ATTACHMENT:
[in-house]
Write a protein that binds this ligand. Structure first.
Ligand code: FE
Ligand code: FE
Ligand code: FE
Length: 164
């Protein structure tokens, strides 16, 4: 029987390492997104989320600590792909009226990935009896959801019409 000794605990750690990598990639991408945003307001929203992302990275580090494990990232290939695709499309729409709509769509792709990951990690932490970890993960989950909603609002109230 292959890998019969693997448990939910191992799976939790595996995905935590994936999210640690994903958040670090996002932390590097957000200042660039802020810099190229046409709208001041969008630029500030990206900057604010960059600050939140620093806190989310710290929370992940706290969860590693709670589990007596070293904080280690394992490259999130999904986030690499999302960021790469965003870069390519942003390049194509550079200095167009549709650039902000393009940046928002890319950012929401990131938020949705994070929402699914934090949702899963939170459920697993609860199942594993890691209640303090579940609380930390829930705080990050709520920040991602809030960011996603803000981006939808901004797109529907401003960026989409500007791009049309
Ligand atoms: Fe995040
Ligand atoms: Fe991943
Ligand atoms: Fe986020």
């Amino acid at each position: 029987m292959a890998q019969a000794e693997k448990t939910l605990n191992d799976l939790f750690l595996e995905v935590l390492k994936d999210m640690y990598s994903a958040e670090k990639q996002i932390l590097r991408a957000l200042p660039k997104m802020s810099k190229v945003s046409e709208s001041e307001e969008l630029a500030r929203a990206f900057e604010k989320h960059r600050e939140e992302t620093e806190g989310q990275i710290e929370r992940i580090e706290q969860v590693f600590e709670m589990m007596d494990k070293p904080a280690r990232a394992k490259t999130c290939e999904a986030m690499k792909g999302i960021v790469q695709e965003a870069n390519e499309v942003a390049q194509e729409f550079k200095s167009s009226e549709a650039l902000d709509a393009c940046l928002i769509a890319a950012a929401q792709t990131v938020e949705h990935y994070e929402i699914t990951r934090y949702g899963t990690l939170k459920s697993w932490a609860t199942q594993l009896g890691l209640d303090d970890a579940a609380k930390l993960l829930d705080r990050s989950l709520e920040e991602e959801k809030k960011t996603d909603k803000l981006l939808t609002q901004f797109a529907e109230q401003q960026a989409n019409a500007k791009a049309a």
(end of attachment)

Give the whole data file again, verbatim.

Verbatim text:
[in-house]
Write a protein that binds this ligand. Structure first.
Ligand code: FE
Ligand code: FE
Ligand code: FE
Length: 164
């Protein structure tokens, strides 16, 4: 029987390492997104989320600590792909009226990935009896959801019409 000794605990750690990598990639991408945003307001929203992302990275580090494990990232290939695709499309729409709509769509792709990951990690932490970890993960989950909603609002109230 292959890998019969693997448990939910191992799976939790595996995905935590994936999210640690994903958040670090996002932390590097957000200042660039802020810099190229046409709208001041969008630029500030990206900057604010960059600050939140620093806190989310710290929370992940706290969860590693709670589990007596070293904080280690394992490259999130999904986030690499999302960021790469965003870069390519942003390049194509550079200095167009549709650039902000393009940046928002890319950012929401990131938020949705994070929402699914934090949702899963939170459920697993609860199942594993890691209640303090579940609380930390829930705080990050709520920040991602809030960011996603803000981006939808901004797109529907401003960026989409500007791009049309
Ligand atoms: Fe995040
Ligand atoms: Fe991943
Ligand atoms: Fe986020």
């Amino acid at each position: 029987m292959a890998q019969a000794e693997k448990t939910l605990n191992d799976l939790f750690l595996e995905v935590l390492k994936d999210m640690y990598s994903a958040e670090k990639q996002i932390l590097r991408a957000l200042p660039k997104m802020s810099k190229v945003s046409e709208s001041e307001e969008l630029a500030r929203a990206f900057e604010k989320h960059r600050e939140e992302t620093e806190g989310q990275i710290e929370r992940i580090e706290q969860v590693f600590e709670m589990m007596d494990k070293p904080a280690r990232a394992k490259t999130c290939e999904a986030m690499k792909g999302i960021v790469q695709e965003a870069n390519e499309v942003a390049q194509e729409f550079k200095s167009s009226e549709a650039l902000d709509a393009c940046l928002i769509a890319a950012a929401q792709t990131v938020e949705h990935y994070e929402i699914t990951r934090y949702g899963t990690l939170k459920s697993w932490a609860t199942q594993l009896g890691l209640d303090d970890a579940a609380k930390l993960l829930d705080r990050s989950l709520e920040e991602e959801k809030k960011t996603d909603k803000l981006l939808t609002q901004f797109a529907e109230q401003q960026a989409n019409a500007k791009a049309a």